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This summer the Royal Collection will present Leonardo da Vinci: The Mechanics of a Man, an exhibition that will place a selection of Leonardo da Vinci’s (1452-1519) anatomical drawings alongside modern 3D films as well as CT and MRI scans of the human body. Da Vinci worked tirelessly to gain an understanding of the inner workings of the human body, often dissecting corpses and recording his findings in comprehensive drawings. The Mechanics of a Man will illustrate how deeply the Renaissance master came to understand human anatomy through his exhaustive studies.

The drawings, which will go on view at the Queen’s Gallery Holyroodhouse in Edinburgh, Scotland, are part of the Royal Collection and many have never been exhibited in Britain. The drawings were brought to England during the 17th century, bound into an album, and most likely purchased by King Charles II. The works, which include da Vinci’s Anatomical Manuscript A, 18 sheets crammed with 240 drawings and nearly 13,000 words of notes, have been in the Royal Collection since at least 1690.

Although da Vinci’s scientific findings were never published, he came extraordinarily close to discovering the role of the beating heart in circulating blood throughout the body. He also recorded accurately for the first time cirrhosis of the liver and narrowing of the arteries after dissecting a 100-year-old man in 1508. In 1510-1511, while working as a professor of anatomy, he created many multi-layered drawings portraying nearly every bone in the body, accurately depicting the spine for the first time as well as many of the major muscle groups.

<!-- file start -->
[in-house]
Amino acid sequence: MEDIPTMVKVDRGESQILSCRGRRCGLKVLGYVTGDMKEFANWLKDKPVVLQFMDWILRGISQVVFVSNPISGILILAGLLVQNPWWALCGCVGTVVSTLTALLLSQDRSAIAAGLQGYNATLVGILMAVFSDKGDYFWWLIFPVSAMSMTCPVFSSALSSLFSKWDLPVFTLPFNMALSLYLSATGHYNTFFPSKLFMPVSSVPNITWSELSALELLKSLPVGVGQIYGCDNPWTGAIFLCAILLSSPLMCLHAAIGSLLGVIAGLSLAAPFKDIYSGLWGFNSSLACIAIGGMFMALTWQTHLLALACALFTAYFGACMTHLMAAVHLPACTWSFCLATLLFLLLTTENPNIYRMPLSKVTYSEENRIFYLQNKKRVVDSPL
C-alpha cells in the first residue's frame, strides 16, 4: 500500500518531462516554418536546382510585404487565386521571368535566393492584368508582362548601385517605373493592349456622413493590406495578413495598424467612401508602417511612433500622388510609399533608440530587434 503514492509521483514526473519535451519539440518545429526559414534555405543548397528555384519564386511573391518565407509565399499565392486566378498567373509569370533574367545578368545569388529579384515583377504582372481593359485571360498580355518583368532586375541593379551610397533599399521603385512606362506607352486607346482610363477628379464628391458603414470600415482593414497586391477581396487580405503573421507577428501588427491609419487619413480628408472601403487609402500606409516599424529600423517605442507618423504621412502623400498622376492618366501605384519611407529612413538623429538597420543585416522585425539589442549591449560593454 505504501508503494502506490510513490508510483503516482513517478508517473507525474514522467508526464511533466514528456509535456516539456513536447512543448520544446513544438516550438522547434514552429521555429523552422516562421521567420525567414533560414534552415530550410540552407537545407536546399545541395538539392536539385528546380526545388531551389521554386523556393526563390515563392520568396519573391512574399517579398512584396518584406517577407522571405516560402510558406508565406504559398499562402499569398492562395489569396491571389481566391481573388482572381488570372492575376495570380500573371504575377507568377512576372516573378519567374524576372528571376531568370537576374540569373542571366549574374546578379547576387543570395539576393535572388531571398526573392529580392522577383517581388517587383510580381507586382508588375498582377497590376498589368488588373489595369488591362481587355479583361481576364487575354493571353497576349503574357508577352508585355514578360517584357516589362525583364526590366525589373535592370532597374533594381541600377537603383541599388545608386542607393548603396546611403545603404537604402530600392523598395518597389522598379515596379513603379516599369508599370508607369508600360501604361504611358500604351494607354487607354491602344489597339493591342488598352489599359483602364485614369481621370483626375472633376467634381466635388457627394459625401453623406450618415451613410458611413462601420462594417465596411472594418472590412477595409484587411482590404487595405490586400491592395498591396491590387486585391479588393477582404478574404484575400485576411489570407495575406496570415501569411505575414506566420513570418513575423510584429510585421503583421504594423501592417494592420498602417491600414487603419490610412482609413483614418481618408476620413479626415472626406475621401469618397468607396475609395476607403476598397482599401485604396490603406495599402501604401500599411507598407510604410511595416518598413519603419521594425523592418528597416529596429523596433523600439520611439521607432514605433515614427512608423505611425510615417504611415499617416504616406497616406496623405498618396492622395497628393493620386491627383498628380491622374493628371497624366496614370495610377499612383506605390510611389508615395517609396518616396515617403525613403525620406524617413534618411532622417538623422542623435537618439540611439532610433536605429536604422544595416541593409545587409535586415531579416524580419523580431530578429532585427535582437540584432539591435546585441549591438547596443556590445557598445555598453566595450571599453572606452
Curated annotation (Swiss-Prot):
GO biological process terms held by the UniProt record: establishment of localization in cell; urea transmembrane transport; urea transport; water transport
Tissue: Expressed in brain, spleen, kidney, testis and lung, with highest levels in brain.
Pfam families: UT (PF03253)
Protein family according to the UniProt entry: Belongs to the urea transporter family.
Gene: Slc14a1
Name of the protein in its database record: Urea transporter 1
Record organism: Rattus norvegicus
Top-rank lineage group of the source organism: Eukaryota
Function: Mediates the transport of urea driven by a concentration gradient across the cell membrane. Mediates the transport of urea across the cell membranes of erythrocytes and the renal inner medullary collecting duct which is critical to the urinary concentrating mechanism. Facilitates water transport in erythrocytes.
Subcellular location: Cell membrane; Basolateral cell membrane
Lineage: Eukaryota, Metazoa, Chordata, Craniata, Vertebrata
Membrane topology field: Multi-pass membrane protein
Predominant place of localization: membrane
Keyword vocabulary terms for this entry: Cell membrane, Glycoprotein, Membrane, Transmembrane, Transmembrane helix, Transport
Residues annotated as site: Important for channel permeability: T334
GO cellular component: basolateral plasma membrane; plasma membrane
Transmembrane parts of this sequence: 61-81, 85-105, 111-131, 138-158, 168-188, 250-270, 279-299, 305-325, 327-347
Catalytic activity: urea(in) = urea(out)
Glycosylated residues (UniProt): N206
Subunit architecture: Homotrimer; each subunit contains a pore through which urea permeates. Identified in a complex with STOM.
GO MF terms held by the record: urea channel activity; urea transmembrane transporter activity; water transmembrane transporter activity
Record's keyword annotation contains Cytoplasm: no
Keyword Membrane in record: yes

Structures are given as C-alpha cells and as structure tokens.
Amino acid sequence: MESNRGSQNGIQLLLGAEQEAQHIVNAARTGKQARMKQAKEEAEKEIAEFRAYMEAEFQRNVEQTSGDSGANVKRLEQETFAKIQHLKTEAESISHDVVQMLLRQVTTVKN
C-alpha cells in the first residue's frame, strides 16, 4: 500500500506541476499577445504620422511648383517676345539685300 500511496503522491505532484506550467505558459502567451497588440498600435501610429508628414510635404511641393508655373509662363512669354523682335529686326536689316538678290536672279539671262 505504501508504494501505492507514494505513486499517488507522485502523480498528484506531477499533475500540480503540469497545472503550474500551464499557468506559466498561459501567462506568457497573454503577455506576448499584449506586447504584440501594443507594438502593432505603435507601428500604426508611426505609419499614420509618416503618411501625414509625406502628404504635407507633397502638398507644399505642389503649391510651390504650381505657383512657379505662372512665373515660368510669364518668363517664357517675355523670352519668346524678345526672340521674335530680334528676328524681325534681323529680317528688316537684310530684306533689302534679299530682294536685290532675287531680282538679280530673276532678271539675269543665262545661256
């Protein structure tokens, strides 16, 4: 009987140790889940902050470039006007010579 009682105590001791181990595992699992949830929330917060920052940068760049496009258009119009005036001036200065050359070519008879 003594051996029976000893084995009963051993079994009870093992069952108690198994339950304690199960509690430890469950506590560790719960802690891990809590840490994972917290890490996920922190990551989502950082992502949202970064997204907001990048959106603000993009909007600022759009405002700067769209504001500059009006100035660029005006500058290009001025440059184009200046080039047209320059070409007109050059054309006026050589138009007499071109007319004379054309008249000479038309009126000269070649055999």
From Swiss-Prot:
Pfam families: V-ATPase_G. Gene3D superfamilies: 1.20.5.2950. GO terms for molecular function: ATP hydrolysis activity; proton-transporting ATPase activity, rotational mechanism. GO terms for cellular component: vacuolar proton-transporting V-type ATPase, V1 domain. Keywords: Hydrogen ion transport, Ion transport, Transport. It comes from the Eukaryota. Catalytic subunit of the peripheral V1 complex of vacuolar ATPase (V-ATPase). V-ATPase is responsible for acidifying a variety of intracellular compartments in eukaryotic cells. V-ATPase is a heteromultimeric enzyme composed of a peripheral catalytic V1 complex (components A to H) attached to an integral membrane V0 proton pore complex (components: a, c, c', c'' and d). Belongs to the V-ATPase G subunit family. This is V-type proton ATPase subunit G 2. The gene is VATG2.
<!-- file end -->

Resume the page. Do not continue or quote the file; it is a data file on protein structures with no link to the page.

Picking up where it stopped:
The Mechanics of Man will present da Vinci’s famous drawing of a baby in a womb alongside a 3D ultrasound scan of a fetus. The exhibition will also place his drawings of a hand, which include the layers of bones, muscles, and tendons, beside a film of a dissected hand in high definition 3D. The exhibition will vividly illustrate just how groundbreaking da Vinci’s work was.

Leonardo da Vinci: The Mechanics of a Man will be on view from August 2, 2013 through November 10, 2013.

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